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Intervention Reduces Chances of Falling Among Older Adults

Education and guidance are key to preventing fall-related hospitalization for those at risk

Woman falling down at home

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A “fall plan of care” can help spare older adults from fall-related hospitalizations, researchers report.

A team at the State University of New York at Binghamton reported that older adults who were enrolled in a Centers for Disease Control and Prevention (CDC) initiative experienced better outcomes. The initiative aims for fall prevention by raising awareness and discussing strategies with potential victims.

The research, published in the September issue of the Gerontologist, showed that those deemed at risk for falls who had a “fall plan of care” were 40 percent less likely to experience a fall-related hospitalization than those who were at risk but did not have such a plan.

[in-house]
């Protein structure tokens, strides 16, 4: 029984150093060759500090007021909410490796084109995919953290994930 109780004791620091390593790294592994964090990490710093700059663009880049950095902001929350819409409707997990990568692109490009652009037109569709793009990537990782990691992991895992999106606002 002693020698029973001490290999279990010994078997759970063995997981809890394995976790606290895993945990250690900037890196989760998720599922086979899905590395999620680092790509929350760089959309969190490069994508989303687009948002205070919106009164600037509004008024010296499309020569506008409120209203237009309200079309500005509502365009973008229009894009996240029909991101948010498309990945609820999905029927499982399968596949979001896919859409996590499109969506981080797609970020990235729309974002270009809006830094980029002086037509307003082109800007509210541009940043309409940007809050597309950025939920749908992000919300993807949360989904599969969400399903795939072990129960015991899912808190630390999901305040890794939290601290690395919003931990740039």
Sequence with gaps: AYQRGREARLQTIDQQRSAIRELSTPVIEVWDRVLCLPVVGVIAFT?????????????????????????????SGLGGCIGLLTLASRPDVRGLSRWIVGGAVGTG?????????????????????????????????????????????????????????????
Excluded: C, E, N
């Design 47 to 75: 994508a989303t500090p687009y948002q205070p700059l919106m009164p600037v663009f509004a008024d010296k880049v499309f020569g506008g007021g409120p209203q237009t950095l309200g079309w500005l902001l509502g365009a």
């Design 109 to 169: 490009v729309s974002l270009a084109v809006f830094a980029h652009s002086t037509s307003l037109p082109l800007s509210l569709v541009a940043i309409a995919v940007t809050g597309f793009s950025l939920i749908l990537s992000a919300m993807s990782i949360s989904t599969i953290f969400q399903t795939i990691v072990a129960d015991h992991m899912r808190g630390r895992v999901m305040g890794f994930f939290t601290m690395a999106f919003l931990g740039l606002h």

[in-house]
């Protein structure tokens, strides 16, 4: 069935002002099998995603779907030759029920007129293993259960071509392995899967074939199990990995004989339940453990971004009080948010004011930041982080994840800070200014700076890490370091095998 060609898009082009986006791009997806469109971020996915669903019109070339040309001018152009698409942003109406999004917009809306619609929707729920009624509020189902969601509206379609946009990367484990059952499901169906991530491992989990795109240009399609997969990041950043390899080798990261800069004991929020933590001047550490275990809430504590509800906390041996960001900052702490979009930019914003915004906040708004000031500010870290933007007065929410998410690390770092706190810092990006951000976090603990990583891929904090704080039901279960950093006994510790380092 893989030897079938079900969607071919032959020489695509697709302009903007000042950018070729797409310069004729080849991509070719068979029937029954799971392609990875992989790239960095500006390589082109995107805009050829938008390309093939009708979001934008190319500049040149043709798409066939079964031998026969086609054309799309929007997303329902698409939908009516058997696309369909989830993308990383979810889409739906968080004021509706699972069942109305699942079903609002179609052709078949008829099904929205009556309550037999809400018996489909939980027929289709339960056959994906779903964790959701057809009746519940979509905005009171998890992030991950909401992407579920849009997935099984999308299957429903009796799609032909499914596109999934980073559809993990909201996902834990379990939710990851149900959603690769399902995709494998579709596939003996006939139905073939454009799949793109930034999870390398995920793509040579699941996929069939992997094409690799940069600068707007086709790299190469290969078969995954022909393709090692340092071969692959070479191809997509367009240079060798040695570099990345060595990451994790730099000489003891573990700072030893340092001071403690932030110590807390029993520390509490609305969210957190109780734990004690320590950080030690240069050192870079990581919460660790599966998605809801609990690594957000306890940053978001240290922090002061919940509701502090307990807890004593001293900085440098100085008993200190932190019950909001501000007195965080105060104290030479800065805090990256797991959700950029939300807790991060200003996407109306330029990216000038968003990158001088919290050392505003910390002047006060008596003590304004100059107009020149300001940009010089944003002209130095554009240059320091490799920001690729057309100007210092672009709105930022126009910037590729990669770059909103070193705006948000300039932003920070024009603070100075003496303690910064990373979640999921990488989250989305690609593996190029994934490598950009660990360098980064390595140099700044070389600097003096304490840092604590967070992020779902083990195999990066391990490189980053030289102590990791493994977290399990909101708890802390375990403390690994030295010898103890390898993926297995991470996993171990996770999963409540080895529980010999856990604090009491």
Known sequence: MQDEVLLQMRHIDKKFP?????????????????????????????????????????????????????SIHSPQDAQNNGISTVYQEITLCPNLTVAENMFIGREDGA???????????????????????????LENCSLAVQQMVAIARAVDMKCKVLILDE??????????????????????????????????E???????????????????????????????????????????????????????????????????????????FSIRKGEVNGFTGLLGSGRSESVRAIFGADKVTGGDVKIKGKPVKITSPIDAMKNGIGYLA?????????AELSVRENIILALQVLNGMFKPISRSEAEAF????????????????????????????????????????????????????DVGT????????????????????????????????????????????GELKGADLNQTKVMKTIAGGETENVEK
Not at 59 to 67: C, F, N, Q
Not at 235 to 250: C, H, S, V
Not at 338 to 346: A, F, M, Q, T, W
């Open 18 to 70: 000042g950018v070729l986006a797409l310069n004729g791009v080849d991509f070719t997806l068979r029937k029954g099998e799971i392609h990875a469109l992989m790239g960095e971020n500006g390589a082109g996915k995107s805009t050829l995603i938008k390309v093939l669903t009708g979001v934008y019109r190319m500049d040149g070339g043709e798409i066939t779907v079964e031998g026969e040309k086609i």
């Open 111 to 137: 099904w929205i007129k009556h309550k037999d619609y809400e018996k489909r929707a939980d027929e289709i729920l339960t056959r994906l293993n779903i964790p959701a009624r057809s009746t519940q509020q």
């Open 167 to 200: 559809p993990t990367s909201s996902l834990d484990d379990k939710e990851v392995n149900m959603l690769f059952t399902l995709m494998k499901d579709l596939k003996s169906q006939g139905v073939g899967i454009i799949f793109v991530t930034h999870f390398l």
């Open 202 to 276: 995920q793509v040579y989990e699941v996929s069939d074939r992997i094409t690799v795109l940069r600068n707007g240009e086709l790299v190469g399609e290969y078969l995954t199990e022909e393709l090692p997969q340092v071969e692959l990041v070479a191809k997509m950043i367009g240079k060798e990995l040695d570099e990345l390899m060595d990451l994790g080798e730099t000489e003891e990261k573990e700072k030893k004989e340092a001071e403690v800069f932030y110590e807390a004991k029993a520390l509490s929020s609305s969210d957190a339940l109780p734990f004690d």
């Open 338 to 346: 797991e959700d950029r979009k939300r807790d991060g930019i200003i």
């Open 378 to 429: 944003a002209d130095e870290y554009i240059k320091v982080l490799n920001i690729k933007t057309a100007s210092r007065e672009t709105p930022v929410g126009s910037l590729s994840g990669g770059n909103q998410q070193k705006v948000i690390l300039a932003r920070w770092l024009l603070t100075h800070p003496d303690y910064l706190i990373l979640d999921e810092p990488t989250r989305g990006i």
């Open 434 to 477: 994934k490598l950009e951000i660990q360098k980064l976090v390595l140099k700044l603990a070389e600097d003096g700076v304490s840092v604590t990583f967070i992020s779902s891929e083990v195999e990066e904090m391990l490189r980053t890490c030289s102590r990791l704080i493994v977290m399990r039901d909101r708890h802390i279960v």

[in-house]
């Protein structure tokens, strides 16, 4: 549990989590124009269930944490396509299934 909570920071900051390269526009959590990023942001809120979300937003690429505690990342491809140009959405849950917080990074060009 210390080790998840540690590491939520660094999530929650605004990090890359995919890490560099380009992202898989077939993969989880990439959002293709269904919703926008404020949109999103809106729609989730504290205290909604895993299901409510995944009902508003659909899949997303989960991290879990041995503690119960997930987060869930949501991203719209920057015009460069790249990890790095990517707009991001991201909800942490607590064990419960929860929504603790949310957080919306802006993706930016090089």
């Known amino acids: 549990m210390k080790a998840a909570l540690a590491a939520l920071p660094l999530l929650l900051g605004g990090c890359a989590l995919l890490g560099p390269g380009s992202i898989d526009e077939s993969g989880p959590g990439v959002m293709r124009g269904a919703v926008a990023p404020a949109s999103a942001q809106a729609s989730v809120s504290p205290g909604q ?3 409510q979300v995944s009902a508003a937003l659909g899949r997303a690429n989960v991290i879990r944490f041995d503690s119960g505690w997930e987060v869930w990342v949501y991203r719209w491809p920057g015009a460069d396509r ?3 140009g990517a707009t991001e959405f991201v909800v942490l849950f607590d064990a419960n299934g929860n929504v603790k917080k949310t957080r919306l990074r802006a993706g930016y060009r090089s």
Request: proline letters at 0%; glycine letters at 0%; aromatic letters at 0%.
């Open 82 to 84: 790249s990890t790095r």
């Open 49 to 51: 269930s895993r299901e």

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Although fall prevention guidelines have long been available to health care providers, they often fail to provide them to patients, researchers wrote. The CDC initiative relies significantly on intervention, with activities like strength and balance programs, medication management, occupational therapy and corrective eyewear.

The study noted the financial and human cost of falls.

Previous research has established that the average cost of a fall-related hospitalization is $30,000. In addition, after hospitalization there is an “increased burden on informal caregivers,” the study noted.

For every year an older adult ages, the chance of a major fall increases by 10 percent, the data showed.

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